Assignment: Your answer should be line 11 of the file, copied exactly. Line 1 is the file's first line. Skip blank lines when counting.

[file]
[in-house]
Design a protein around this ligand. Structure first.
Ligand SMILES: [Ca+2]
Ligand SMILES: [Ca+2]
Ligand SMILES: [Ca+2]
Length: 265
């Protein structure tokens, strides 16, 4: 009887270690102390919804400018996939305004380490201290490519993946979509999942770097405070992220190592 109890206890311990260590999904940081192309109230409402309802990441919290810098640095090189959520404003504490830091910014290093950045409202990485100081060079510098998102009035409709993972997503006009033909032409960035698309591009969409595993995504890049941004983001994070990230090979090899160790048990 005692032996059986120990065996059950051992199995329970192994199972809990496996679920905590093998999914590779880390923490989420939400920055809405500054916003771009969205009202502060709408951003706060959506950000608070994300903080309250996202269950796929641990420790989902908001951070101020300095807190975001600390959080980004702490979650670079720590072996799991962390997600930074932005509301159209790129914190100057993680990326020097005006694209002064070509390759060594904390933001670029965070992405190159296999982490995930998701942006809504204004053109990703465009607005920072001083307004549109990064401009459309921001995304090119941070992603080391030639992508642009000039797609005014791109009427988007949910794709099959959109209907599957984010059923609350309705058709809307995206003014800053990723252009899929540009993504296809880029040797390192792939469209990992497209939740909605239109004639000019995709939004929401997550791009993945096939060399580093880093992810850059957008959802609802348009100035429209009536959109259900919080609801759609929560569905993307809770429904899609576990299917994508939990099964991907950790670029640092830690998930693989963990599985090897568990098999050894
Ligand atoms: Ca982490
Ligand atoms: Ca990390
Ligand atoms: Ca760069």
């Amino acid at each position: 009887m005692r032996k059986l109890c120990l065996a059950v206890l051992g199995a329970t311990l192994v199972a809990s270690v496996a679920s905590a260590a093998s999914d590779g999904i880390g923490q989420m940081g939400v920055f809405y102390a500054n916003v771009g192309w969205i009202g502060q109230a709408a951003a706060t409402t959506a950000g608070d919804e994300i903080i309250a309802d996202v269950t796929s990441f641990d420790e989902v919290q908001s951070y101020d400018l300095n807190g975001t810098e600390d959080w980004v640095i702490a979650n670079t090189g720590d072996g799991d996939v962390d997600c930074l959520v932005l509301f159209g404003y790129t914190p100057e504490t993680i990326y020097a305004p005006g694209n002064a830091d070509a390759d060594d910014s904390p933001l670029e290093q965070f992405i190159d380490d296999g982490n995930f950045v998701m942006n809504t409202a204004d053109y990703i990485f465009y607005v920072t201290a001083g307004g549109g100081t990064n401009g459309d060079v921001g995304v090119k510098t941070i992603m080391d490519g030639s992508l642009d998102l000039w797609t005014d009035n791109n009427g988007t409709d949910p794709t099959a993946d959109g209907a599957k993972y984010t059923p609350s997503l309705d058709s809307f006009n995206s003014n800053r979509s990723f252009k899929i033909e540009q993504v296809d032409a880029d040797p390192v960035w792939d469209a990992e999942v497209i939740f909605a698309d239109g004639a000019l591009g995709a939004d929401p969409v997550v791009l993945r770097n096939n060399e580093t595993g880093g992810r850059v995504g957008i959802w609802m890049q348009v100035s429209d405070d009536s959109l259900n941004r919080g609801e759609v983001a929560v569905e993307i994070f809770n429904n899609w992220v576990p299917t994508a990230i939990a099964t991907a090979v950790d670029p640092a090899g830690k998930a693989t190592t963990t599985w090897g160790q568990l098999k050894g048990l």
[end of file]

């Amino acid at each position: 009887m005692r032996k059986l109890c120990l065996a059950v206890l051992g199995a329970t311990l192994v199972a809990s270690v496996a679920s905590a260590a093998s999914d590779g999904i880390g923490q989420m940081g939400v920055f809405y102390a500054n916003v771009g192309w969205i009202g502060q109230a709408a951003a706060t409402t959506a950000g608070d919804e994300i903080i309250a309802d996202v269950t796929s990441f641990d420790e989902v919290q908001s951070y101020d400018l300095n807190g975001t810098e600390d959080w980004v640095i702490a979650n670079t090189g720590d072996g799991d996939v962390d997600c930074l959520v932005l509301f159209g404003y790129t914190p100057e504490t993680i990326y020097a305004p005006g694209n002064a830091d070509a390759d060594d910014s904390p933001l670029e290093q965070f992405i190159d380490d296999g982490n995930f950045v998701m942006n809504t409202a204004d053109y990703i990485f465009y607005v920072t201290a001083g307004g549109g100081t990064n401009g459309d060079v921001g995304v090119k510098t941070i992603m080391d490519g030639s992508l642009d998102l000039w797609t005014d009035n791109n009427g988007t409709d949910p794709t099959a993946d959109g209907a599957k993972y984010t059923p609350s997503l309705d058709s809307f006009n995206s003014n800053r979509s990723f252009k899929i033909e540009q993504v296809d032409a880029d040797p390192v960035w792939d469209a990992e999942v497209i939740f909605a698309d239109g004639a000019l591009g995709a939004d929401p969409v997550v791009l993945r770097n096939n060399e580093t595993g880093g992810r850059v995504g957008i959802w609802m890049q348009v100035s429209d405070d009536s959109l259900n941004r919080g609801e759609v983001a929560v569905e993307i994070f809770n429904n899609w992220v576990p299917t994508a990230i939990a099964t991907a090979v950790d670029p640092a090899g830690k998930a693989t190592t963990t599985w090897g160790q568990l098999k050894g048990l």